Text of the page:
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First hihi hatched in the wild on mainland NZ

28 October 2005

First hihi hatched in the wild on mainland New Zealand

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Three hihi chicks in nest at Karori Wildlife Sanctuary. Photographer: Raewyn Empson, Karori Wildlife Sanctuary.


The endangered bird hihi (or stitchbird) has reached another conservation milestone with the first hihi chicks hatching in the wild on mainland New Zealand for over 120 years at Karori Wildlife Sanctuary, Wellington.

Earlier this year 60 hihi were released at Karori Wildlife Sanctuary, from Tiritiri Matangi Island together with 4 from the National Wildlife Centre, marking the return of this special bird to the wild on the mainland for the first time in over 120 years.

"Seeing the hihi breed in the Sanctuary, and in fact for the first time in the wild on mainland New Zealand, is certainly a significant event for the Sanctuary and New Zealand conservation", says Karori Wildlife Sanctuary chief executive Nancy McIntosh-Ward.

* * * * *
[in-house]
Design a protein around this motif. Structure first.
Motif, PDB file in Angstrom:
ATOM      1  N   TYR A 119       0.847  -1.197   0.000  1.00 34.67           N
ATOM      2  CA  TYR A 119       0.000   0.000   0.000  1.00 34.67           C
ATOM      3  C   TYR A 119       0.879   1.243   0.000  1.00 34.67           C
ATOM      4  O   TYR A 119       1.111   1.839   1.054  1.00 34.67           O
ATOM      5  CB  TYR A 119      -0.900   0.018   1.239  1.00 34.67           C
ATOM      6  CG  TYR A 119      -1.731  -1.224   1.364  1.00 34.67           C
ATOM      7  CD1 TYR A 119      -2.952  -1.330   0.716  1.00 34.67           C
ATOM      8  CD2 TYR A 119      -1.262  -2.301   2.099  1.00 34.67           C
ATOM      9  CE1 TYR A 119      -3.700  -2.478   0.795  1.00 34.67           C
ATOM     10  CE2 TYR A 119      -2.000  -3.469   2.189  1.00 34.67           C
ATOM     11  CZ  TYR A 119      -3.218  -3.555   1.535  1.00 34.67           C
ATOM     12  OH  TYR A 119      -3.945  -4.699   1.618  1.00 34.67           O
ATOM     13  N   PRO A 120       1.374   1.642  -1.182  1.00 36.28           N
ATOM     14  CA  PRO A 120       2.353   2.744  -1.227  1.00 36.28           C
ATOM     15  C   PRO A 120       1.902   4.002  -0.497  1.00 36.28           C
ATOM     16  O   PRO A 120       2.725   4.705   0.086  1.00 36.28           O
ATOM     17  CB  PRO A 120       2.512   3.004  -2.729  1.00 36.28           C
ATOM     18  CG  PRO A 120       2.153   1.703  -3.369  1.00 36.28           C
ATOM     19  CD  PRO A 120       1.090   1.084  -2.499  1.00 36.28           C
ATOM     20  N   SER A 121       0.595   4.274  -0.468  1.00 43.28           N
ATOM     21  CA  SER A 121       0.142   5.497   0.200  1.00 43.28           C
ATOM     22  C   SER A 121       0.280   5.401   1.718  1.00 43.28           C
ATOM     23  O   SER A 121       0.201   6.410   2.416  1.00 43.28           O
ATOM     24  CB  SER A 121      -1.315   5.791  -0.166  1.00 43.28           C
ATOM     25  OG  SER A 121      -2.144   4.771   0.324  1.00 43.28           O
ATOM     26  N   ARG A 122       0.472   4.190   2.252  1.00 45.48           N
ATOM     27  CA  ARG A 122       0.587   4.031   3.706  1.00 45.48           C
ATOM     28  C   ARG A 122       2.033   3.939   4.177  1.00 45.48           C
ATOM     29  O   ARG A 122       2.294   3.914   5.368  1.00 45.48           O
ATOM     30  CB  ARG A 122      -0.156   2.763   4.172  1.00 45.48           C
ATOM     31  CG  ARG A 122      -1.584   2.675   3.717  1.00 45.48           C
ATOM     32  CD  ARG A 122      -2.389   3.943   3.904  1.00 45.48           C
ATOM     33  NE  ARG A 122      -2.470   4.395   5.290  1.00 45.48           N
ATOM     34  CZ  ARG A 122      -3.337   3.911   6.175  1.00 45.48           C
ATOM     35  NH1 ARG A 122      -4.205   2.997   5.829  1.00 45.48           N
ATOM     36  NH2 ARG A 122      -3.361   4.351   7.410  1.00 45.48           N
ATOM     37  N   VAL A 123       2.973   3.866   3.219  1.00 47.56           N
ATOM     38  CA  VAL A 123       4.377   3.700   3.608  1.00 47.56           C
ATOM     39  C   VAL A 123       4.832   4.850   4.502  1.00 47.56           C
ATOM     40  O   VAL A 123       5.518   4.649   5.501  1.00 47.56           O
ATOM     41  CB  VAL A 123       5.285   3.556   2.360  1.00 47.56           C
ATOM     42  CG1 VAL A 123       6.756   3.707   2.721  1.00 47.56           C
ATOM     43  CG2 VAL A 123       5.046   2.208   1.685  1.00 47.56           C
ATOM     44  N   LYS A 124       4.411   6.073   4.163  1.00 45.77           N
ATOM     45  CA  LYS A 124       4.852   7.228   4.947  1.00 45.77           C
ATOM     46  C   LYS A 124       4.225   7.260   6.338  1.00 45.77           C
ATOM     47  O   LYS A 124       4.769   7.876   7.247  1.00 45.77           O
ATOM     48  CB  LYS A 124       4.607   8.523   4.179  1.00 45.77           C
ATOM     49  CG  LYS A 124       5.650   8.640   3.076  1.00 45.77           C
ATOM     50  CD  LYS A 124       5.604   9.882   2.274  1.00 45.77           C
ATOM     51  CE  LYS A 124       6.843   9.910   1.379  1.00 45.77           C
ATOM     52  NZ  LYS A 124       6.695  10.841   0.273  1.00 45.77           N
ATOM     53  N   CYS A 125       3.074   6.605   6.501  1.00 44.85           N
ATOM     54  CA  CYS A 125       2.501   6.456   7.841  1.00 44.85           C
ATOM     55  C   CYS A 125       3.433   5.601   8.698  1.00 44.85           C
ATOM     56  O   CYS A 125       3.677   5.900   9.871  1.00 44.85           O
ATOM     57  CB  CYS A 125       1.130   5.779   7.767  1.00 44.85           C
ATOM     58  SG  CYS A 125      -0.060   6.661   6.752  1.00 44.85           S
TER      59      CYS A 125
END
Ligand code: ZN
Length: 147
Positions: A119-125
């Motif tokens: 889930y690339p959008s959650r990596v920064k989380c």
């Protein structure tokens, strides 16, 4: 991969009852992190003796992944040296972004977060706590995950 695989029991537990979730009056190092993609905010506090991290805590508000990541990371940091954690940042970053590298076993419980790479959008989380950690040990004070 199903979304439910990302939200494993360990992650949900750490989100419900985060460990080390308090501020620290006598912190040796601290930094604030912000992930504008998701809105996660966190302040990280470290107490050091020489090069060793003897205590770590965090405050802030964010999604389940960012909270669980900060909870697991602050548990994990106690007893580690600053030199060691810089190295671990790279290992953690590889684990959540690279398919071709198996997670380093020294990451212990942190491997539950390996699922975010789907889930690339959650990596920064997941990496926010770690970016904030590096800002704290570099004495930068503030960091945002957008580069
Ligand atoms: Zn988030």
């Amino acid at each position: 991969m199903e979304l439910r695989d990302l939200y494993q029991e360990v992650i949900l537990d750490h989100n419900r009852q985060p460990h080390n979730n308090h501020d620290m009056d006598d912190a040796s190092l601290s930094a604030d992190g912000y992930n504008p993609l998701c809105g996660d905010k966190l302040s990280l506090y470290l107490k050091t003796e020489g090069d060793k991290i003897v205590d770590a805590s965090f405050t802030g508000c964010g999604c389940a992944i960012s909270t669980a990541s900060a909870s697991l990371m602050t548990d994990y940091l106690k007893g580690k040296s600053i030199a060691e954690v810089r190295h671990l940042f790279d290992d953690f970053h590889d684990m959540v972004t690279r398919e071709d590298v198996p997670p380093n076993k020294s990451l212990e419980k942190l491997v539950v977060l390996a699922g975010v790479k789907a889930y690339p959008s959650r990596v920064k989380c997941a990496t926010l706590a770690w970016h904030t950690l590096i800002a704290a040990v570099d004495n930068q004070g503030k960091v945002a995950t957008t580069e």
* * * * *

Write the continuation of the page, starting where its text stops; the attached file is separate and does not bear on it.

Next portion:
"This species has done particularly well since they were released at the Sanctuary in February and May this year. The mild winter we've experienced in Wellington has prompted hihi and many other species, such as bellbird, saddleback and brown teal to produce chicks up to a month earlier than normal."

The last time hihi were seen on the mainland was in the 1880's in the Tararua's. The only self-sustaining population is found on Little Barrier Island and there are two introduced managed populations - on Kapiti Island and Tiritiri Matangi Island.


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